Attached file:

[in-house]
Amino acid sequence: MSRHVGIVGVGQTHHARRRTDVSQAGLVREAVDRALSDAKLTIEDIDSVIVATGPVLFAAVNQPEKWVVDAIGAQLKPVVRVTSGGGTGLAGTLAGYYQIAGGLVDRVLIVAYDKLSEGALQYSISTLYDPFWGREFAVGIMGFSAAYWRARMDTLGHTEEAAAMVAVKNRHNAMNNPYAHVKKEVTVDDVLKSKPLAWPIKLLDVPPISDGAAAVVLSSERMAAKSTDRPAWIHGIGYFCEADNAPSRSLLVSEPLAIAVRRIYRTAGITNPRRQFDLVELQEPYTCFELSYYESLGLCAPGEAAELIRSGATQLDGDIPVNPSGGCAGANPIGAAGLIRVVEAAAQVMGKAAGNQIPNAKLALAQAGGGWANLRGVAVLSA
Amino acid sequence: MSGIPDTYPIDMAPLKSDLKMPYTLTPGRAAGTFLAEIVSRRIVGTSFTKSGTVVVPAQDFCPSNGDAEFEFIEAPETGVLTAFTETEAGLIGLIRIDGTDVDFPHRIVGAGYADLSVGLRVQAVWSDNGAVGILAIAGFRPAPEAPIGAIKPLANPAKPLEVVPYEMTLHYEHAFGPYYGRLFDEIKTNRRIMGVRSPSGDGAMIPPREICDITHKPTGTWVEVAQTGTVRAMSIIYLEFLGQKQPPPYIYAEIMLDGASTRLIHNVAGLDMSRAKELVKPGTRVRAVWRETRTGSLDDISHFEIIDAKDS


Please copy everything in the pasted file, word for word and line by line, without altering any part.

[in-house]
Amino acid sequence: MSRHVGIVGVGQTHHARRRTDVSQAGLVREAVDRALSDAKLTIEDIDSVIVATGPVLFAAVNQPEKWVVDAIGAQLKPVVRVTSGGGTGLAGTLAGYYQIAGGLVDRVLIVAYDKLSEGALQYSISTLYDPFWGREFAVGIMGFSAAYWRARMDTLGHTEEAAAMVAVKNRHNAMNNPYAHVKKEVTVDDVLKSKPLAWPIKLLDVPPISDGAAAVVLSSERMAAKSTDRPAWIHGIGYFCEADNAPSRSLLVSEPLAIAVRRIYRTAGITNPRRQFDLVELQEPYTCFELSYYESLGLCAPGEAAELIRSGATQLDGDIPVNPSGGCAGANPIGAAGLIRVVEAAAQVMGKAAGNQIPNAKLALAQAGGGWANLRGVAVLSA
Amino acid sequence: MSGIPDTYPIDMAPLKSDLKMPYTLTPGRAAGTFLAEIVSRRIVGTSFTKSGTVVVPAQDFCPSNGDAEFEFIEAPETGVLTAFTETEAGLIGLIRIDGTDVDFPHRIVGAGYADLSVGLRVQAVWSDNGAVGILAIAGFRPAPEAPIGAIKPLANPAKPLEVVPYEMTLHYEHAFGPYYGRLFDEIKTNRRIMGVRSPSGDGAMIPPREICDITHKPTGTWVEVAQTGTVRAMSIIYLEFLGQKQPPPYIYAEIMLDGASTRLIHNVAGLDMSRAKELVKPGTRVRAVWRETRTGSLDDISHFEIIDAKDS